I love connecting with my students, readers and subscribers. It is so much more fun and satisfying for the heart than just selling a course, and that’s it. My entire approach is built on the support and communication concept. Thanks for letting me know that it works well for you.
Your words hit home for me. Especially the view point with the higher view of the picture. That is a fantastic way to look at your life as a whole. Look at the big picture not just up close…
Thanks for your feedback. It seems that we are on the same wave length!
Another great article!
I posted a comment on your You Tube channel the other day, but I think it got kind of “lost” there. So I’m re-posting it below and you can feel free to place it anywhere you want. Here it is:
Shama’s videos and the way he uses them to present so many various aspects of Thai Massage is a valuable resource for anyone, new or experienced, wanting to improve their knowledge and technique. Even though I am a long-time practitioner and Thai Massage teacher and have produced my own guidebooks and videos, I still find his material to be extremely helpful, and I can highly recommend watching them often, to anyone. His regular uploads are a valuable contribution to the evolution of this amazingly effective healing art we love so much. Thanks, Shama – keep up the good work!
You are right Deon, I get lost in my own youtube account with all the many videos and responses. Sometimes I go through it and check it all, but I had not yet discovered your post there. Thanks for reposting it here.
I know you are every bit as qualified and experienced with Thai Massage as I am (or more), so your testimonial really does mean a lot to me. I will put it to good use. Thanks so much!
Thank you, Shama, for being interested not only about the client but about us too. I´m just beginning to learn this practice, instead I´ve been a yoga teacher for several years and in many occasions I felt that my class was not suitable for all my students.Not everybody can understand what is it all about at the same time, it´s a question of time… I suppose it is not quite different in a thai massage session.
You are right Beatriz, I have had the same experience when I teach Thai Massage classes. Not everyone ‘gets’ it, some students want to learn faster, some slower, some may not be suited to be massage therapists in the first place… It is not possible to adapt the class to every individual, so we have to live with the fact that we are trying our best, although it will never be the best for each and every individual in our class. It comes down to the saying I quoted: “You can never please all of the people all of the time”. The trick is to internalize this and not feel that there is something wrong with us for not being able to reach each and every student equally.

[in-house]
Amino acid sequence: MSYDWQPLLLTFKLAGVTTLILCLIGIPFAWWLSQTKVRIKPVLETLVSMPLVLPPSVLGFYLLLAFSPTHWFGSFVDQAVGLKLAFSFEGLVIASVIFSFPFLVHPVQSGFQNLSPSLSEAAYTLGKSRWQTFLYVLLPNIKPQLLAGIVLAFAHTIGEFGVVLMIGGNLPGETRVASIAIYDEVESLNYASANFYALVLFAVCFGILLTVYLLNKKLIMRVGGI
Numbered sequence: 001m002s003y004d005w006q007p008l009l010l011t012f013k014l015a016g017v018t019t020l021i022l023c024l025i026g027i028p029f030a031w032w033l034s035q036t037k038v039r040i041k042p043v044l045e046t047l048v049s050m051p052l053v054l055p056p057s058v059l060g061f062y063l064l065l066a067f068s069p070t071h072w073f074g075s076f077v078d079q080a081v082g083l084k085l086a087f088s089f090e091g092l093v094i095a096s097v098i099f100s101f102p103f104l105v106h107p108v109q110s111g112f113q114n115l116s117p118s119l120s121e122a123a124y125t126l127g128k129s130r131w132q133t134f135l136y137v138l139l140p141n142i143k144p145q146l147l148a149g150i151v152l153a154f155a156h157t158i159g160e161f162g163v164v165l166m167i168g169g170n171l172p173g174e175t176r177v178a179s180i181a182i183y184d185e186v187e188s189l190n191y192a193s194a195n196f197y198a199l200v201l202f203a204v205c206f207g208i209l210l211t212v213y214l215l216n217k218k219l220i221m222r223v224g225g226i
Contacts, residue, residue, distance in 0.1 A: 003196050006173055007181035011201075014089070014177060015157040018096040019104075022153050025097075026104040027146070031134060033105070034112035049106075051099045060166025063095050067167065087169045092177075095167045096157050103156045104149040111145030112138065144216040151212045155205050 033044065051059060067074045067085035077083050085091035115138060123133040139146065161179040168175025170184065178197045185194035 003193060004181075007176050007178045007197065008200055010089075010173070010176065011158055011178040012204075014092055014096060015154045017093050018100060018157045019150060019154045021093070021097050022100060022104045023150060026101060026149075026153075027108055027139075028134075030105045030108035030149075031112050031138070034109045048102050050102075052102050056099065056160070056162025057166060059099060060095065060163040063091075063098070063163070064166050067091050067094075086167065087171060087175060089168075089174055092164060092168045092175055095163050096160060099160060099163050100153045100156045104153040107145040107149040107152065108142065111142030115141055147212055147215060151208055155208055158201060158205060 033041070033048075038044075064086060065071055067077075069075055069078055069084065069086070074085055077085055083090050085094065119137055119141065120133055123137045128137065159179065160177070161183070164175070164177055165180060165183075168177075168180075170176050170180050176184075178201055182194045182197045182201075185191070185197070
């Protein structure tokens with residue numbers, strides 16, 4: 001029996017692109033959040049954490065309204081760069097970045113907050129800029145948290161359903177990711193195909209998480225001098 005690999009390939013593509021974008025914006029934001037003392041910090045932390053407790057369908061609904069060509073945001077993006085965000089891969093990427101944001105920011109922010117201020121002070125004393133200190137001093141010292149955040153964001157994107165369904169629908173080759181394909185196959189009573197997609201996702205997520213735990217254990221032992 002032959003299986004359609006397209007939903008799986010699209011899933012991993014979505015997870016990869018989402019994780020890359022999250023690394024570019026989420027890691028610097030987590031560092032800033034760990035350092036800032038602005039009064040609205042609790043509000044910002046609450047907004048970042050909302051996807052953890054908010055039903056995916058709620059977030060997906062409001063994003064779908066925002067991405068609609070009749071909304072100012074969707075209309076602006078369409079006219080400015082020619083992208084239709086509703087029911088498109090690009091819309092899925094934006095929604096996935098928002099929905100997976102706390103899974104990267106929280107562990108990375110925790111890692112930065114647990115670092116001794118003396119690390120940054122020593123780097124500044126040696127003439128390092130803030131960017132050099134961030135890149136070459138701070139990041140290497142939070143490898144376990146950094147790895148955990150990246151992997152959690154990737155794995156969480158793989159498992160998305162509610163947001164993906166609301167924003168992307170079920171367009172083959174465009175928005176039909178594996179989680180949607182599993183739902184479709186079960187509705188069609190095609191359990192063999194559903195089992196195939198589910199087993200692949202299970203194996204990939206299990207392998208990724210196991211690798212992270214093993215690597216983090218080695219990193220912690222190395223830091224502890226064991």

I am agree with you. Thank you for sharing your experience. As you say, sometimes, some clients get up just when the massage finishes, and they only say “How much?, they pay and go out. Then I think “I have done something bad, because he/she hasn`t said anything”. But It can be for many reasons, I think. Because they are shy, because they are so relaxed that they don’t have words or only because it is very difficult to describe what they are feeling. About all, we should have a optimist vision, however in some cases is more difficult. In my yoga classes happen the same. People are in another state of awareness. It is my oppinion. Thank you again Shama
Thanks for your comment Ezequiel. Yes, people’s reaction can be for many reasons. Some people just don’t communicate the same way we do. I have had experiences when I did a session and I felt the entire time that I was not getting through to the client. Then after the session the client gave me a big tip and said that it was the best session ever.
Some people close themselves off emotionally, or live in a world of fear, and their heart is not open. We may feel that, but it has nothing to do with our session, it is just how the client is wired.
Some clients don’t allow themselves to let go and really experience the session for all it is worth because they don’t allow their mind to shut up for a while. Others are just not good at expressing their appreciation after a session.
There are so many reasons, and they may have nothing to do with us. So we have to learn to not take those things personally. As long as we know that our massage is good, we need to be attached to providing excellent service while being detached from all the personal reactions, otherwise we can drive our own minds crazy.
What you say is so true. I think as long as we reach out freely from the heart, it’s not up to us to judge how it is received, because of the risk of misinterpreting. In February a friend gave me a coupon for a massage as a birthday present. Being on the receiving end is a rare event for me and one I was really looking forward to. The setting was beautiful and I enjoyed the massage very much. When my friend asked me for feedback, I said great massage, but I felt a certain reserve on her side. When my friend asked the therapist for feedback, she said it well well, but she felt a certain reserve on my part! I thought about that, and reckon that as a therapist myself, a part of me was observing both out of curiosity and to see if there were special bits I could pick up for my clients. And I think she sensed this watching eye and interpreted it negatively, feeling she wasn’t getting me to let go enough (she didn’t know I was a health therapist).